© 2021 KOSU
Play Live Radio
Next Up:
0:00
0:00
Available On Air Stations
Help us answer phones and take pledges during our upcoming membership drive on Dec 6th & 7th. Sign up here!

Oklahoma Governor Signs Criminal Justice Measures Into Law

Fallin_prisonreform.jpg
Photo provided
/
Governor Mary Fallin signs four criminal justice reform bills during a ceremony Wednesday, April 27, in the Blue Room at the state Capitol.

Governor Mary Fallin signed into law a number of criminal justice reform bills Wednesday. The legislation is part of recommendations from a steering committee that met in the fall.

The governor signed:

  • House Bill 2472, which gives prosecutors discretion to file charges for non-85 percent crimes as misdemeanors instead of felonies.
  • House Bill 2479, which reduces the minimum mandatory punishment for drug offenders charged only with possession.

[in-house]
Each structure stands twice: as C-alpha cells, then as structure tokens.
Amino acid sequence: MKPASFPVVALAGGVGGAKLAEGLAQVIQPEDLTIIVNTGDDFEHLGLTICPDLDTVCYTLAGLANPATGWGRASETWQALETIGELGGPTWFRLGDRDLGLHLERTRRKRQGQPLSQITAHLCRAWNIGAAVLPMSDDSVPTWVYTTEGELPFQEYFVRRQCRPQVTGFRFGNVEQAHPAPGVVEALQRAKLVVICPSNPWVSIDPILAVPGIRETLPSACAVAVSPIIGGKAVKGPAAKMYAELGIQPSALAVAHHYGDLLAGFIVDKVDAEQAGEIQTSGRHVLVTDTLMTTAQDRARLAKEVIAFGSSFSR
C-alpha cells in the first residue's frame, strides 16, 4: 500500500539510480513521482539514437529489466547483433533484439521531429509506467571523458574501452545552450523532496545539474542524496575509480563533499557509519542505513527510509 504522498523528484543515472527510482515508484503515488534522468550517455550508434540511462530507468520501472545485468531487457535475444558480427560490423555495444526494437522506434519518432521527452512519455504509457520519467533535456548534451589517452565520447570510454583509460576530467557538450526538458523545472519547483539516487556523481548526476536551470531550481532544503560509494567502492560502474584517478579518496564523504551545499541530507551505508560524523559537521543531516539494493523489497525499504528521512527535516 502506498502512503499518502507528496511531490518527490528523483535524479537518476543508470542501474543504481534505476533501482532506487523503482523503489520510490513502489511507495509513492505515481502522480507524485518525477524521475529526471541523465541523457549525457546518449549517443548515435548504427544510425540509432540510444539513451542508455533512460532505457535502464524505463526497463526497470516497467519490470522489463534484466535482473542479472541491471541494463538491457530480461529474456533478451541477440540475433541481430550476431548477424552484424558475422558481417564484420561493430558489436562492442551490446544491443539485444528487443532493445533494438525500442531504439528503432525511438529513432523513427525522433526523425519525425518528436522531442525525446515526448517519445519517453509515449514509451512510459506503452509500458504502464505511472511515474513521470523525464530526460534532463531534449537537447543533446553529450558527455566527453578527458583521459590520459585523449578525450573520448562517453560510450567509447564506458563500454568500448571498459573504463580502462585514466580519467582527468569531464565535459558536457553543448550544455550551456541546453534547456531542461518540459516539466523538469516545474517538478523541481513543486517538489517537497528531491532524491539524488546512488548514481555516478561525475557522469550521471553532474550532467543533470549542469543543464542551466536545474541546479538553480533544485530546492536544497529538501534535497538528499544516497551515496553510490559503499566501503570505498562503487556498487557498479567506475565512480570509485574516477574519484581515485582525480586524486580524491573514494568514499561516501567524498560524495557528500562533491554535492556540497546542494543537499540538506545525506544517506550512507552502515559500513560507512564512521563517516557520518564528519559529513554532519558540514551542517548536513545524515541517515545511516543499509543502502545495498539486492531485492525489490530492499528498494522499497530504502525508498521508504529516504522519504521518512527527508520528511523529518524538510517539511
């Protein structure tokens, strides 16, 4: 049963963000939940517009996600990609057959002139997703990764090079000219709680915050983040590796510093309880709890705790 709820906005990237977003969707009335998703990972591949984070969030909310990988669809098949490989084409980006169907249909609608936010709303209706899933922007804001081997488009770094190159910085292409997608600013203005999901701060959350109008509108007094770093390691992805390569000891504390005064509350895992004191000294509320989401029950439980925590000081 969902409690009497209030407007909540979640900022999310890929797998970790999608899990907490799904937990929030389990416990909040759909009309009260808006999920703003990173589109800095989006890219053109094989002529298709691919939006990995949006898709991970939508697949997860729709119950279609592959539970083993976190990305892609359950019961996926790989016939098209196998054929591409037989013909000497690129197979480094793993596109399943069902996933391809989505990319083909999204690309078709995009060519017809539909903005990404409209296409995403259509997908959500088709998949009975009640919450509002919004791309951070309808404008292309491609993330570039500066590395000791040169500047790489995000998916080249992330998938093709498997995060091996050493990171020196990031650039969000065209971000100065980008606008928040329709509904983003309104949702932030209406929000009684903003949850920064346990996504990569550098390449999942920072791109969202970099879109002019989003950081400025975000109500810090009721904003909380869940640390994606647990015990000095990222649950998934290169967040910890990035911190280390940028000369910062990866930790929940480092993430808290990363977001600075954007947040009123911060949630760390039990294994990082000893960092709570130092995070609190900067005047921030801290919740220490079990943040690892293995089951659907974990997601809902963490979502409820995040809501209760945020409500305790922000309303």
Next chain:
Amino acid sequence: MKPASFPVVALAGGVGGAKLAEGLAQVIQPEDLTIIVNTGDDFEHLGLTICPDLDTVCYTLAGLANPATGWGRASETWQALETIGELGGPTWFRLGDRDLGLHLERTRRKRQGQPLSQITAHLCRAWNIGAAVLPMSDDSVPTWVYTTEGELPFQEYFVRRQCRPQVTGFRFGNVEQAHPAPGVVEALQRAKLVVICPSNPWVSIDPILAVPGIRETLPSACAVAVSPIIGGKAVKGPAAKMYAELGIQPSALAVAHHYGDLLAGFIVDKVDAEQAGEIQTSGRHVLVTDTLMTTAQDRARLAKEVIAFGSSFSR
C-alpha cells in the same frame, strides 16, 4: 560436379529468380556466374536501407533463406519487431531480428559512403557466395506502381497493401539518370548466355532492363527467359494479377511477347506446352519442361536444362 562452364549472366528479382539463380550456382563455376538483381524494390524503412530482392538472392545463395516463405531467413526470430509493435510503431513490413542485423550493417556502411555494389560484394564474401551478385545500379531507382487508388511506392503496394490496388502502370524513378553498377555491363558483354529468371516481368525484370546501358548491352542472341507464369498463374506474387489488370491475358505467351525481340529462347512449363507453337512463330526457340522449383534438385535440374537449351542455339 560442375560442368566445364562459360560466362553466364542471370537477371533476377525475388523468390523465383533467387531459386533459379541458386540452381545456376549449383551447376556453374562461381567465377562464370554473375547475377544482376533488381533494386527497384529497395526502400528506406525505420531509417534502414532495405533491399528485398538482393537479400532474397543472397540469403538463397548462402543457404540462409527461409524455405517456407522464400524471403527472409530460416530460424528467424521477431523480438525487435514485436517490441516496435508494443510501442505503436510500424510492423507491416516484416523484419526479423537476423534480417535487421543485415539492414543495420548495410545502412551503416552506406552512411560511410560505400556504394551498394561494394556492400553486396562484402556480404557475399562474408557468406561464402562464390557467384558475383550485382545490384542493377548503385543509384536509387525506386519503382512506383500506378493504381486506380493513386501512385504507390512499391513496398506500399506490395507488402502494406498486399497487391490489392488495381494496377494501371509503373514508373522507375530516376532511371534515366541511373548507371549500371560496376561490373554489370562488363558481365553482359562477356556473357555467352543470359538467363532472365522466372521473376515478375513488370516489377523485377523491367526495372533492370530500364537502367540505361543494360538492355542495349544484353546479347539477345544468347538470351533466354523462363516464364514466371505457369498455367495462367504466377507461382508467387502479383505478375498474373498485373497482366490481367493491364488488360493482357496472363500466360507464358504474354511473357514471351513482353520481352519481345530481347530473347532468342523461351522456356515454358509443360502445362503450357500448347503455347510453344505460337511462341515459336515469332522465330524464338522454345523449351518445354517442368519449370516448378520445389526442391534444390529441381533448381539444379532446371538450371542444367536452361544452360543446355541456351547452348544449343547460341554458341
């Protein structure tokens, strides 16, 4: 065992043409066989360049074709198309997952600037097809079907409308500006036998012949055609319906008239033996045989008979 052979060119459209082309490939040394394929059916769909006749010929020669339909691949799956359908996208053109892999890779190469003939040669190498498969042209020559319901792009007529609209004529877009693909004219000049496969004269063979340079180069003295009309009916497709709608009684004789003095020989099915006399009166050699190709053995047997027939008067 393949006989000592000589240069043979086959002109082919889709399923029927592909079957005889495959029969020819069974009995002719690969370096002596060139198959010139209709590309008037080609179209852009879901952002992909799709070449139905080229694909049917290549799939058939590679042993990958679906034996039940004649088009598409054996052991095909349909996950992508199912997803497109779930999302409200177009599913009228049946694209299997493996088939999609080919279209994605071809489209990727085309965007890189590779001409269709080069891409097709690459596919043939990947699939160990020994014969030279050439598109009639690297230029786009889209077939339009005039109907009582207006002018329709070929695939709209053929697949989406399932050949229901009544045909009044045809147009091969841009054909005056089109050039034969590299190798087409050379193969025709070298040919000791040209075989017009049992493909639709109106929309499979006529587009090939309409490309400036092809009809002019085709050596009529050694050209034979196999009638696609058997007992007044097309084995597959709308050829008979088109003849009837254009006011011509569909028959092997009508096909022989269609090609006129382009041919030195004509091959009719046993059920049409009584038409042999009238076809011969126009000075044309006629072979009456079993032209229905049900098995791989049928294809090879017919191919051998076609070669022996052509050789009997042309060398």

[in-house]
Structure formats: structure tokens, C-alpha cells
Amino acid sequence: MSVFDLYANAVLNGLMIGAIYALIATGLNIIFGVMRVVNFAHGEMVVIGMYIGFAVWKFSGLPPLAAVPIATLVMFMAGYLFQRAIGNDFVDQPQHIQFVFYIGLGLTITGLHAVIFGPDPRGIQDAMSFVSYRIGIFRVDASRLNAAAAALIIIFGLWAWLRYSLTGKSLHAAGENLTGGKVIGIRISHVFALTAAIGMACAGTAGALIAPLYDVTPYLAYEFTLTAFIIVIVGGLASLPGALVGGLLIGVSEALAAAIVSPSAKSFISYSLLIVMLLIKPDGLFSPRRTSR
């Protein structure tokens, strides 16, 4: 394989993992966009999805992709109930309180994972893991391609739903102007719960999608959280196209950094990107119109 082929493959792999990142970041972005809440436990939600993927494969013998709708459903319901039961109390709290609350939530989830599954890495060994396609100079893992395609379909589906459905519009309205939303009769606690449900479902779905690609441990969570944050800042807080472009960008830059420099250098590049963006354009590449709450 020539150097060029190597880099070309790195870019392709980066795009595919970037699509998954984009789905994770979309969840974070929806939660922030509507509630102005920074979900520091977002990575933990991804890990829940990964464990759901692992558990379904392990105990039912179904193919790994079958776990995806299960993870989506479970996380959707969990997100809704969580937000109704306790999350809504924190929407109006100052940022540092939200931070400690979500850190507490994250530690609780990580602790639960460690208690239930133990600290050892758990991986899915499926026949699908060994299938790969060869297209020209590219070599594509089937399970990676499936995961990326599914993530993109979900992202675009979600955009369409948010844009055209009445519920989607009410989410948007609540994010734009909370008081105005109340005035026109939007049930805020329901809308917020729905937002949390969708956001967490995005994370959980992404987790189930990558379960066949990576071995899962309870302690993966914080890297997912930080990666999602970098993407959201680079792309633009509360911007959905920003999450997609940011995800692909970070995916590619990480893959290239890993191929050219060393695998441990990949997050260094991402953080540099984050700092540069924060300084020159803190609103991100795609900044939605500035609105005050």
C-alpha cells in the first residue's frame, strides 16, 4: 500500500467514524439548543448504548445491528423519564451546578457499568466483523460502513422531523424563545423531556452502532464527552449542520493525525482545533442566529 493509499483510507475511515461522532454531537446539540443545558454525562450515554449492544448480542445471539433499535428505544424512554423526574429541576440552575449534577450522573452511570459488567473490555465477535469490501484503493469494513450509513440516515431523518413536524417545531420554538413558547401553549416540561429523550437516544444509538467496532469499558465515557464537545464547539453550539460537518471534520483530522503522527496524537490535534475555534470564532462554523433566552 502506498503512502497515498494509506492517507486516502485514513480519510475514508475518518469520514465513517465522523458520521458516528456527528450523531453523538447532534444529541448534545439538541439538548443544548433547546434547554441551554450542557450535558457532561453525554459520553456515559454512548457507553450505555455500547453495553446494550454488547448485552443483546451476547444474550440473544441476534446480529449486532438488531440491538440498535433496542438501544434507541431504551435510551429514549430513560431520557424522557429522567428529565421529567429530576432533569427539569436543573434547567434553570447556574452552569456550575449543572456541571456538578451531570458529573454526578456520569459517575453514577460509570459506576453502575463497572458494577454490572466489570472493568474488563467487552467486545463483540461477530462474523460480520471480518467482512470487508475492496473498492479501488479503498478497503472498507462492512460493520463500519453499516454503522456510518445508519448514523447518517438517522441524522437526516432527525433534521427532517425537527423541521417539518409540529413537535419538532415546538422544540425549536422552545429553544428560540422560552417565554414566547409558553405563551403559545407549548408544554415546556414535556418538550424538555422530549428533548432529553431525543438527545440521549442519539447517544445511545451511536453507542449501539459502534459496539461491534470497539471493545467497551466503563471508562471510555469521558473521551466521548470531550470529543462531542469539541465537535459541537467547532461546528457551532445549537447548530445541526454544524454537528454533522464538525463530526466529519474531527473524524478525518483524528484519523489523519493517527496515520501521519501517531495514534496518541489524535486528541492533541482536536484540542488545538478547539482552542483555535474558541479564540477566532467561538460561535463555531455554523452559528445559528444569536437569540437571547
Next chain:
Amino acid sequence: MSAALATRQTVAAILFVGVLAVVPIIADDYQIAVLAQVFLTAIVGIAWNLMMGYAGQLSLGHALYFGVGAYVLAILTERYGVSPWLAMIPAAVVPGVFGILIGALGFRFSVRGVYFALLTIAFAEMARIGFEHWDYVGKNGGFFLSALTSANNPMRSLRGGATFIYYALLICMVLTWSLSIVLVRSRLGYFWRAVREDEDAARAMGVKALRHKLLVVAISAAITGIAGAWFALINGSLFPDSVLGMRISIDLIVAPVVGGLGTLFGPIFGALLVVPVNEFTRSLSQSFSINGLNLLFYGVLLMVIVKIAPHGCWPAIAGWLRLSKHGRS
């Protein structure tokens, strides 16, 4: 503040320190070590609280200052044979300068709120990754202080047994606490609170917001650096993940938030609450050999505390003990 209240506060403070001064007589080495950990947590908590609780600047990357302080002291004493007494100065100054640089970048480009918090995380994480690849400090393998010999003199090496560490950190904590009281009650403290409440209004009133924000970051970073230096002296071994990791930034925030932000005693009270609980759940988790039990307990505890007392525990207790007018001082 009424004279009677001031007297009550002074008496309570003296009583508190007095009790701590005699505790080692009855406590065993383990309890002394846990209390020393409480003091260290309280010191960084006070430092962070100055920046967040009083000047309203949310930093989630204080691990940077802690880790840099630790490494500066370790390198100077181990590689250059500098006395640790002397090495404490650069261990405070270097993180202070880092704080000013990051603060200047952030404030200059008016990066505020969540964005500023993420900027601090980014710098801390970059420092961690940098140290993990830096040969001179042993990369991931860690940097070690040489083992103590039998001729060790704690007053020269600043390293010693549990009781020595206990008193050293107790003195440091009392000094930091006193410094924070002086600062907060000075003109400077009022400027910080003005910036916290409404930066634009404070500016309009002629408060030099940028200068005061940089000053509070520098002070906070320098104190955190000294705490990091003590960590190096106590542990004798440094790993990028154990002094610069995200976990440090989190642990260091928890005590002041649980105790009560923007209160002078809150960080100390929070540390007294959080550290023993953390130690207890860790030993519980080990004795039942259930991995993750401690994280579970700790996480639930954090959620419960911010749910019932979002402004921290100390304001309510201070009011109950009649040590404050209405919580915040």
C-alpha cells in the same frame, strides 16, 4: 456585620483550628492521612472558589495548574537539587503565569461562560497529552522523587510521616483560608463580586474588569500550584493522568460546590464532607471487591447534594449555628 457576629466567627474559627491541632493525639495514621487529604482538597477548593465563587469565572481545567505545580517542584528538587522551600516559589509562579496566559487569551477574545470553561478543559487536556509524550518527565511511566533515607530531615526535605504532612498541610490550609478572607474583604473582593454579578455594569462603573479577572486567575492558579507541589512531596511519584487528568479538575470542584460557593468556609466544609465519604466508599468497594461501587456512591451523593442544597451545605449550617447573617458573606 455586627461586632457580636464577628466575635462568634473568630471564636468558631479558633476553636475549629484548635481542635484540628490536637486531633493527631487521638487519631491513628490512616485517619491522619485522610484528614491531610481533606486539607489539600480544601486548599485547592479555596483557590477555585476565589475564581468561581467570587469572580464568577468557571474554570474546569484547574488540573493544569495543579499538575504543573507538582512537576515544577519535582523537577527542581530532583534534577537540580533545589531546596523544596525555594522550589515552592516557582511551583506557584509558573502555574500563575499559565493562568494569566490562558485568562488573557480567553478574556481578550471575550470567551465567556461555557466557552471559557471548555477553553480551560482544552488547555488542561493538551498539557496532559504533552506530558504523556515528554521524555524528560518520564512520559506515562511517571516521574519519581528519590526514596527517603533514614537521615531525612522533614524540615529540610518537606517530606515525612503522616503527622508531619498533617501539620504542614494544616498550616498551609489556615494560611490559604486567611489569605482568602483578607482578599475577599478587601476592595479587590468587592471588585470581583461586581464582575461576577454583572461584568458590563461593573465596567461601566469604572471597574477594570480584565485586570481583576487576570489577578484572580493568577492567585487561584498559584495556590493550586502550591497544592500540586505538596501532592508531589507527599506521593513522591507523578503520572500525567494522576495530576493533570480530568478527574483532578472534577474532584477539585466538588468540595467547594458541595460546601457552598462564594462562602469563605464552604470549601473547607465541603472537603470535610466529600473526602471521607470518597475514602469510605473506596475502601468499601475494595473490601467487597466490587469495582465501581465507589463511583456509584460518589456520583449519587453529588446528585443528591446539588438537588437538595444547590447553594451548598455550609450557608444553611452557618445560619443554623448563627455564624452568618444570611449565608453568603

• House Bill 2751, which raises the threshold for property crimes to be charged as a felony to $1,000.
  • House Bill 2753, which establishes means for broader use of drug courts and community sentencing.

State Representative Pam Peterson (R - Tulsa) authored the bills and says the committee that devised these recommendations was not just state lawmakers.

"These were ideas from judges, from district attorneys, from public defenders, people that understand the criminal justice system and are definitely not soft on crime."

The laws take effect November 1.

State prison officials say state and private prisons incarcerate almost 28,000 inmates, 112 percent of capacity.

Kate Carlton Greer was a general assignment reporter for KGOU and Oklahoma Public Media Exchange.
The Associated Press is one of the largest and most trusted sources of independent newsgathering, supplying a steady stream of news to its members, international subscribers and commercial customers. AP is neither privately owned nor government-funded; instead, it's a not-for-profit news cooperative owned by its American newspaper and broadcast members.
The KOSU news team curates news of interest to Oklahomans from various sources around the world. Our hope is inform, educate, and entertain.
Hey! Did you enjoy this story? We can’t do it without you. We are member-supported, so your donation is critical to KOSU's news reporting and music programming. Help support the reporters, DJs and staff of the station you love.

Here's how:

Related Content